Tonawanda News — Sometimes we just need things to get started in order for them to come to fruition. Like a single snowflake hitting the ground and rolling into a giant snowball, behaviors, both human and animal, need a momentum behind them. If you have never exercised in your life and all of a sudden for your New Year’s resolution you had planned on exercising an hour a day, you are most likely to fail. You may be able to do the task for the first week or so, but you will quickly grow tired, and maybe even give up.
What would have been more successful would have been a resolution of being active or exercising for five minutes a day for the first week and incrementally adding time or actives as the year progresses. You may look at five minutes a day and think it isn’t worth the energy to invest into something so minute but to someone that has never worked out before, moving a little bit a day is a big change. The end goal could remain the same, moving an hour a day. With starting the smaller units that are reachable and end in contentment the probability of finishing the goal becomes more achievable.
When training animals new behaviors confusion can occur. If I am training a dog to turn in a circle and they are more than half way into knowing the behavior, but get confused, I use to give them a time out. Now I have a better alternative.
When I say they know more than half the behavior what I mean is I do not have to show them food to follow my point. I can give the animal a cue (request) and they kind of move in the direction I want (turning around) but not completely, or the turnaround is a not a pretty circle. What I use to do was to not give the dog a treat for an incomplete behavior and I may have even walked away from the situation or ignored the dog for a few seconds. What I thought I was doing was giving the dog a time out. It works for humans so why not our critter companions. When humans do something erroneous we sometimes get a time out, unpaid leave or become grounded.
The problem with giving a pet a time out is that they are left not knowing what to do. They know that sloppy turns get them no treats and attention from their favorable caregiver is also removed. Next time, after a time out, they may pay closer attention to us, to figure out how to give those desired treats. But, they also may not. They could give get frustrated and give up – much like a person getting frustrated that they can’t reach their daily goal of exercising an hour a day.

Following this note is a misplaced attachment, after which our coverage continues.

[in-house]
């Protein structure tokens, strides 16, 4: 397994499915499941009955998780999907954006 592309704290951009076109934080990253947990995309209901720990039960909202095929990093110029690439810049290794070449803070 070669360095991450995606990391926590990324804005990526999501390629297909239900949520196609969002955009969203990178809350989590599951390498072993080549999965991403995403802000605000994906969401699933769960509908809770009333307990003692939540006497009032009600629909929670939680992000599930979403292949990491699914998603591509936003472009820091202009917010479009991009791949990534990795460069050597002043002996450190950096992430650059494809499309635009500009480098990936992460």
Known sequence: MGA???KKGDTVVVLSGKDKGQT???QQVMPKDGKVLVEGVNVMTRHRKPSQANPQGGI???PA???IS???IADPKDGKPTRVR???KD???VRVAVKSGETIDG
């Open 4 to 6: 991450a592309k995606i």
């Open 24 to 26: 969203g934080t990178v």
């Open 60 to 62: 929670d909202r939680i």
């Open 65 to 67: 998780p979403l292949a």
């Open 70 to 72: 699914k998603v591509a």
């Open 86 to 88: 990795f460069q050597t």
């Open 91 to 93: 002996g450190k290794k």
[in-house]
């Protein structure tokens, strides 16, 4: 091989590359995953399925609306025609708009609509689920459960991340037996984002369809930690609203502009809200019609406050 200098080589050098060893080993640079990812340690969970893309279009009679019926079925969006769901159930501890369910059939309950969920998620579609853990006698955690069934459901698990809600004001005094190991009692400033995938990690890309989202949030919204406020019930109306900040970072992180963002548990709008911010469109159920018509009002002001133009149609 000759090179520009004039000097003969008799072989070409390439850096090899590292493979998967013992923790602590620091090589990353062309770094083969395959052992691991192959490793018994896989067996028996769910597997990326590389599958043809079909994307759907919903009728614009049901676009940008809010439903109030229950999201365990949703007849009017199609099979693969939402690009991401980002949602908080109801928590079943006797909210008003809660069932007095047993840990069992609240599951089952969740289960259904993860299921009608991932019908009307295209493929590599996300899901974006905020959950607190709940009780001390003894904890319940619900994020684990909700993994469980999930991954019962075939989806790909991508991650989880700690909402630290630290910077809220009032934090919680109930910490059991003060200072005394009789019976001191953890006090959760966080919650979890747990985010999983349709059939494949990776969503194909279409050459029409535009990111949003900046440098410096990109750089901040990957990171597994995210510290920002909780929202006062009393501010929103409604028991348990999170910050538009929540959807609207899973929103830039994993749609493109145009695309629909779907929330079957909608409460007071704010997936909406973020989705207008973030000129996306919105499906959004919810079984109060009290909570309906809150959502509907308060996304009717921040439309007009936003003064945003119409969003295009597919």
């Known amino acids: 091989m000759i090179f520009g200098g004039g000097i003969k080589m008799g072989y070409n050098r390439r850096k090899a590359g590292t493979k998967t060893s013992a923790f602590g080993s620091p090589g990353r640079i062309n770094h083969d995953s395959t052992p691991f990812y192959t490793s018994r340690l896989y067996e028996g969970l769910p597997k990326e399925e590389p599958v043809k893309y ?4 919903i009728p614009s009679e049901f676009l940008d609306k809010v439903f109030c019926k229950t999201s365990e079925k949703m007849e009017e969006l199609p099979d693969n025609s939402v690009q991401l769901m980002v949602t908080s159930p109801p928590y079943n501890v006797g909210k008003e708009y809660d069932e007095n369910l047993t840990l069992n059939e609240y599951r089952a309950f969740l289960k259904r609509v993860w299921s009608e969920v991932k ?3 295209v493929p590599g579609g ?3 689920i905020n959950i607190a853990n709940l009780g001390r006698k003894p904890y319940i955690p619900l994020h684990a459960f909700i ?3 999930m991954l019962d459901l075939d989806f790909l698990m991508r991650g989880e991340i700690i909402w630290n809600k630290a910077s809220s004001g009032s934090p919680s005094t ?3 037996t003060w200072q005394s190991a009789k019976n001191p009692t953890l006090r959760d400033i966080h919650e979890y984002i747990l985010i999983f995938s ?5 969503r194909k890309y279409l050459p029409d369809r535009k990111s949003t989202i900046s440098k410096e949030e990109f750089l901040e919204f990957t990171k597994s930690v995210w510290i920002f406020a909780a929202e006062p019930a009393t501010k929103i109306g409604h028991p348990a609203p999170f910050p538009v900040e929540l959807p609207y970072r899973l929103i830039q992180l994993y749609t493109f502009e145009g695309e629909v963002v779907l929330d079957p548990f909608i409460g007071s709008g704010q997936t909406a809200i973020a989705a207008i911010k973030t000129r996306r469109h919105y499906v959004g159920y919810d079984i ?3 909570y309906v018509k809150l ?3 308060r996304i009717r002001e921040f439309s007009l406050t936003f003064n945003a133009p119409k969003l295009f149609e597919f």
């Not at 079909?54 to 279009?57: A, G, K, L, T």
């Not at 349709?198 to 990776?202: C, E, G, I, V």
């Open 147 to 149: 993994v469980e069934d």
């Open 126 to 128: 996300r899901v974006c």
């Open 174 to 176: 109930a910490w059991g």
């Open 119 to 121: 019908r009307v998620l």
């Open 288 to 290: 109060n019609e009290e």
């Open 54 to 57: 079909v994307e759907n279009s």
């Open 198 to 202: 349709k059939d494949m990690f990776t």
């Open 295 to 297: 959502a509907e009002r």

What I have found that is much more beneficial then giving an animal during a training session a time out, is to quickly ask for something easy, and build from there. If they can’t give a perfect turn around (or any other complex behavior) ask for something that is more solid.
If barking on cue is a usually an easy behavior, ask for that and reward them. Asking for a simple wave, sit or stay behavior will start that behavioral momentum snowball. Next ask them for another simple behavior. Each behavior you ask for builds confidence. You are communicating to your pet that paying close attention to yourself is rewarding. You eliminate the guessing. After a few easy behaviors back up the more complex behavior so it is reachable for your pet. If the animal rarely turns in a circle without extra effort on your part, give them the extra body signals so they can reach the perfect turnaround and pay them heavily once they do so. Soon you will be building speed with complex behaviors, all based on a little bit of momentum.
Kenny Coogan has a B.S. in animal behavior and is a certified professional bird trainer through the International Avian Trainers Certification Board. Please email your questions to firstname.lastname@example.org, or search for “Critter Companions by Kenny Coogan” on Facebook.